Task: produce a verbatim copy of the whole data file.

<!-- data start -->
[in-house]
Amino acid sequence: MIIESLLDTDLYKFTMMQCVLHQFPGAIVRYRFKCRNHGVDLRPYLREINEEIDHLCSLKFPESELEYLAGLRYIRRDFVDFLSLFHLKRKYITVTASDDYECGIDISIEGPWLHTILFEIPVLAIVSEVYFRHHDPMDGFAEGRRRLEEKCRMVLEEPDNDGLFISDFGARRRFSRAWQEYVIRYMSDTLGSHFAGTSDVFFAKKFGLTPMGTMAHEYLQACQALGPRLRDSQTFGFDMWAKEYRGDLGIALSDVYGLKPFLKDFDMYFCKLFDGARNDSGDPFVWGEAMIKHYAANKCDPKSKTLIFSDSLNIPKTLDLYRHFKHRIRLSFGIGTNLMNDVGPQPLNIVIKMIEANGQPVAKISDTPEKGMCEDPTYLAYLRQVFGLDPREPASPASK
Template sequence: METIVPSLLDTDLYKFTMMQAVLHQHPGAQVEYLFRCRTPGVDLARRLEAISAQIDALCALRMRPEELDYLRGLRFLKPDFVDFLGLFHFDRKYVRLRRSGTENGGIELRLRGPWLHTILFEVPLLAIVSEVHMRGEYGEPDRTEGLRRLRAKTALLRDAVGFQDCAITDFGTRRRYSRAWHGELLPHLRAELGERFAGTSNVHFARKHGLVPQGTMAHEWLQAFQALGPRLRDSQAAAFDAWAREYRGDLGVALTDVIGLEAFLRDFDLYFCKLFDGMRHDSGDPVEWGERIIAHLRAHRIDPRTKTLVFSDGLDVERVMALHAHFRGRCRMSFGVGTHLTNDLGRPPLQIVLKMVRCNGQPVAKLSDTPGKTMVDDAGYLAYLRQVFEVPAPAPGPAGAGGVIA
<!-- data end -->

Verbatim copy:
[in-house]
Amino acid sequence: MIIESLLDTDLYKFTMMQCVLHQFPGAIVRYRFKCRNHGVDLRPYLREINEEIDHLCSLKFPESELEYLAGLRYIRRDFVDFLSLFHLKRKYITVTASDDYECGIDISIEGPWLHTILFEIPVLAIVSEVYFRHHDPMDGFAEGRRRLEEKCRMVLEEPDNDGLFISDFGARRRFSRAWQEYVIRYMSDTLGSHFAGTSDVFFAKKFGLTPMGTMAHEYLQACQALGPRLRDSQTFGFDMWAKEYRGDLGIALSDVYGLKPFLKDFDMYFCKLFDGARNDSGDPFVWGEAMIKHYAANKCDPKSKTLIFSDSLNIPKTLDLYRHFKHRIRLSFGIGTNLMNDVGPQPLNIVIKMIEANGQPVAKISDTPEKGMCEDPTYLAYLRQVFGLDPREPASPASK
Template sequence: METIVPSLLDTDLYKFTMMQAVLHQHPGAQVEYLFRCRTPGVDLARRLEAISAQIDALCALRMRPEELDYLRGLRFLKPDFVDFLGLFHFDRKYVRLRRSGTENGGIELRLRGPWLHTILFEVPLLAIVSEVHMRGEYGEPDRTEGLRRLRAKTALLRDAVGFQDCAITDFGTRRRYSRAWHGELLPHLRAELGERFAGTSNVHFARKHGLVPQGTMAHEWLQAFQALGPRLRDSQAAAFDAWAREYRGDLGVALTDVIGLEAFLRDFDLYFCKLFDGMRHDSGDPVEWGERIIAHLRAHRIDPRTKTLVFSDGLDVERVMALHAHFRGRCRMSFGVGTHLTNDLGRPPLQIVLKMVRCNGQPVAKLSDTPGKTMVDDAGYLAYLRQVFEVPAPAPGPAGAGGVIA